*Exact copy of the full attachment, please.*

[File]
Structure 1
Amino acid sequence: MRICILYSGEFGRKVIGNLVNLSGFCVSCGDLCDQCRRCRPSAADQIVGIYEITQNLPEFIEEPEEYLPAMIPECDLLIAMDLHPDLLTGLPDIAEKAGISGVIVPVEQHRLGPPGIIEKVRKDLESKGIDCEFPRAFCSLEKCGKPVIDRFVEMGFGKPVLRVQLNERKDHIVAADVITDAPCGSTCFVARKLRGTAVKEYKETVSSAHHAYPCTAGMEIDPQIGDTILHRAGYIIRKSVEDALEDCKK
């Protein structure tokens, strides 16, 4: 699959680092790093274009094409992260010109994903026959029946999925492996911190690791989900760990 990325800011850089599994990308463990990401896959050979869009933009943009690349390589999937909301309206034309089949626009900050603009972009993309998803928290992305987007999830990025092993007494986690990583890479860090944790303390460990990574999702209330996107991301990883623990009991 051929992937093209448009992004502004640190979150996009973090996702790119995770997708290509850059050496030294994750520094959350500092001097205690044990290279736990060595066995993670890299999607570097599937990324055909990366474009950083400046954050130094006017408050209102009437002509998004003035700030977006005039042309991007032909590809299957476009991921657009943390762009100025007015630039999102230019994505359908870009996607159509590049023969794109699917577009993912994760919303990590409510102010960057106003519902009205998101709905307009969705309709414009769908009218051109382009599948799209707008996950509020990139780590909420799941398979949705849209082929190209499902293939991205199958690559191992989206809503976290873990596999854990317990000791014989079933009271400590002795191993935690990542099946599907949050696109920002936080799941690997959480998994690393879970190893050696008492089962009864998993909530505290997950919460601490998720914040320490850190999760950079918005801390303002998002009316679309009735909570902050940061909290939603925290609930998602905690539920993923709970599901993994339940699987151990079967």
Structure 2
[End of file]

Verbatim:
Structure 1
Amino acid sequence: MRICILYSGEFGRKVIGNLVNLSGFCVSCGDLCDQCRRCRPSAADQIVGIYEITQNLPEFIEEPEEYLPAMIPECDLLIAMDLHPDLLTGLPDIAEKAGISGVIVPVEQHRLGPPGIIEKVRKDLESKGIDCEFPRAFCSLEKCGKPVIDRFVEMGFGKPVLRVQLNERKDHIVAADVITDAPCGSTCFVARKLRGTAVKEYKETVSSAHHAYPCTAGMEIDPQIGDTILHRAGYIIRKSVEDALEDCKK
């Protein structure tokens, strides 16, 4: 699959680092790093274009094409992260010109994903026959029946999925492996911190690791989900760990 990325800011850089599994990308463990990401896959050979869009933009943009690349390589999937909301309206034309089949626009900050603009972009993309998803928290992305987007999830990025092993007494986690990583890479860090944790303390460990990574999702209330996107991301990883623990009991 051929992937093209448009992004502004640190979150996009973090996702790119995770997708290509850059050496030294994750520094959350500092001097205690044990290279736990060595066995993670890299999607570097599937990324055909990366474009950083400046954050130094006017408050209102009437002509998004003035700030977006005039042309991007032909590809299957476009991921657009943390762009100025007015630039999102230019994505359908870009996607159509590049023969794109699917577009993912994760919303990590409510102010960057106003519902009205998101709905307009969705309709414009769908009218051109382009599948799209707008996950509020990139780590909420799941398979949705849209082929190209499902293939991205199958690559191992989206809503976290873990596999854990317990000791014989079933009271400590002795191993935690990542099946599907949050696109920002936080799941690997959480998994690393879970190893050696008492089962009864998993909530505290997950919460601490998720914040320490850190999760950079918005801390303002998002009316679309009735909570902050940061909290939603925290609930998602905690539920993923709970599901993994339940699987151990079967």
Structure 2